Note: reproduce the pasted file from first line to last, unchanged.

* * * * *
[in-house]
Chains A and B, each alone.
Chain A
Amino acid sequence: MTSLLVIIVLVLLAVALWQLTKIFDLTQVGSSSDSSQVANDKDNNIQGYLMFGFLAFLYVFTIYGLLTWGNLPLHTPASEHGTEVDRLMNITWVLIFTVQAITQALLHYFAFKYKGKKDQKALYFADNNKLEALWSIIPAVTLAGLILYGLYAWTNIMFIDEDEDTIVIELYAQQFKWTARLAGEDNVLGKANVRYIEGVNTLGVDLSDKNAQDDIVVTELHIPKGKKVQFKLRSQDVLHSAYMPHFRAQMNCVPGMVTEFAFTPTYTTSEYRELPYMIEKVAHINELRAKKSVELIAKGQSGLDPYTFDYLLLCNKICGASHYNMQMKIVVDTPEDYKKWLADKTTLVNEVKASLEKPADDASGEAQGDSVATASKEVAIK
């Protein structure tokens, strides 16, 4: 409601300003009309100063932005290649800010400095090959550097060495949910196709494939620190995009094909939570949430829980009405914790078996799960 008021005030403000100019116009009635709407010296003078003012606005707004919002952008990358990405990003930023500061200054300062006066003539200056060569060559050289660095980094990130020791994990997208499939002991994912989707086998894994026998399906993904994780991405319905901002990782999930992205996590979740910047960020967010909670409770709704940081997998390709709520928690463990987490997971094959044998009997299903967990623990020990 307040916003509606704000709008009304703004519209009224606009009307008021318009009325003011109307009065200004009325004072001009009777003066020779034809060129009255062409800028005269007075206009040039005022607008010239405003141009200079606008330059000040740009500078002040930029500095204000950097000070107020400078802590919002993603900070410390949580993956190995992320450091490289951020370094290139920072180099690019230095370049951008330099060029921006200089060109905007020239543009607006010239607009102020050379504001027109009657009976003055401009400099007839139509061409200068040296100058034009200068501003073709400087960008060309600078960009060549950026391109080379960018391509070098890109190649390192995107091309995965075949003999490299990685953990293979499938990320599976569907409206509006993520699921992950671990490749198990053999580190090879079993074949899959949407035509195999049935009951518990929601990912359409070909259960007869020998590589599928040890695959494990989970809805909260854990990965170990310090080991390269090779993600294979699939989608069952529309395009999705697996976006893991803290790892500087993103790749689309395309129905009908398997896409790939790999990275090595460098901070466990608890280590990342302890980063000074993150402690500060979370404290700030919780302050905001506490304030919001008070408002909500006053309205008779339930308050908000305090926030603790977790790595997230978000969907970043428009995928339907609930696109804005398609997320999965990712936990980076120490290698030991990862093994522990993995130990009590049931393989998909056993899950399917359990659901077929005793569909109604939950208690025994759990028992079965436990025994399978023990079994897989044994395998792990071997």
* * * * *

[in-house]
Chains A and B, each alone.
Chain A
Amino acid sequence: MTSLLVIIVLVLLAVALWQLTKIFDLTQVGSSSDSSQVANDKDNNIQGYLMFGFLAFLYVFTIYGLLTWGNLPLHTPASEHGTEVDRLMNITWVLIFTVQAITQALLHYFAFKYKGKKDQKALYFADNNKLEALWSIIPAVTLAGLILYGLYAWTNIMFIDEDEDTIVIELYAQQFKWTARLAGEDNVLGKANVRYIEGVNTLGVDLSDKNAQDDIVVTELHIPKGKKVQFKLRSQDVLHSAYMPHFRAQMNCVPGMVTEFAFTPTYTTSEYRELPYMIEKVAHINELRAKKSVELIAKGQSGLDPYTFDYLLLCNKICGASHYNMQMKIVVDTPEDYKKWLADKTTLVNEVKASLEKPADDASGEAQGDSVATASKEVAIK
């Protein structure tokens, strides 16, 4: 409601300003009309100063932005290649800010400095090959550097060495949910196709494939620190995009094909939570949430829980009405914790078996799960 008021005030403000100019116009009635709407010296003078003012606005707004919002952008990358990405990003930023500061200054300062006066003539200056060569060559050289660095980094990130020791994990997208499939002991994912989707086998894994026998399906993904994780991405319905901002990782999930992205996590979740910047960020967010909670409770709704940081997998390709709520928690463990987490997971094959044998009997299903967990623990020990 307040916003509606704000709008009304703004519209009224606009009307008021318009009325003011109307009065200004009325004072001009009777003066020779034809060129009255062409800028005269007075206009040039005022607008010239405003141009200079606008330059000040740009500078002040930029500095204000950097000070107020400078802590919002993603900070410390949580993956190995992320450091490289951020370094290139920072180099690019230095370049951008330099060029921006200089060109905007020239543009607006010239607009102020050379504001027109009657009976003055401009400099007839139509061409200068040296100058034009200068501003073709400087960008060309600078960009060549950026391109080379960018391509070098890109190649390192995107091309995965075949003999490299990685953990293979499938990320599976569907409206509006993520699921992950671990490749198990053999580190090879079993074949899959949407035509195999049935009951518990929601990912359409070909259960007869020998590589599928040890695959494990989970809805909260854990990965170990310090080991390269090779993600294979699939989608069952529309395009999705697996976006893991803290790892500087993103790749689309395309129905009908398997896409790939790999990275090595460098901070466990608890280590990342302890980063000074993150402690500060979370404290700030919780302050905001506490304030919001008070408002909500006053309205008779339930308050908000305090926030603790977790790595997230978000969907970043428009995928339907609930696109804005398609997320999965990712936990980076120490290698030991990862093994522990993995130990009590049931393989998909056993899950399917359990659901077929005793569909109604939950208690025994759990028992079965436990025994399978023990079994897989044994395998792990071997």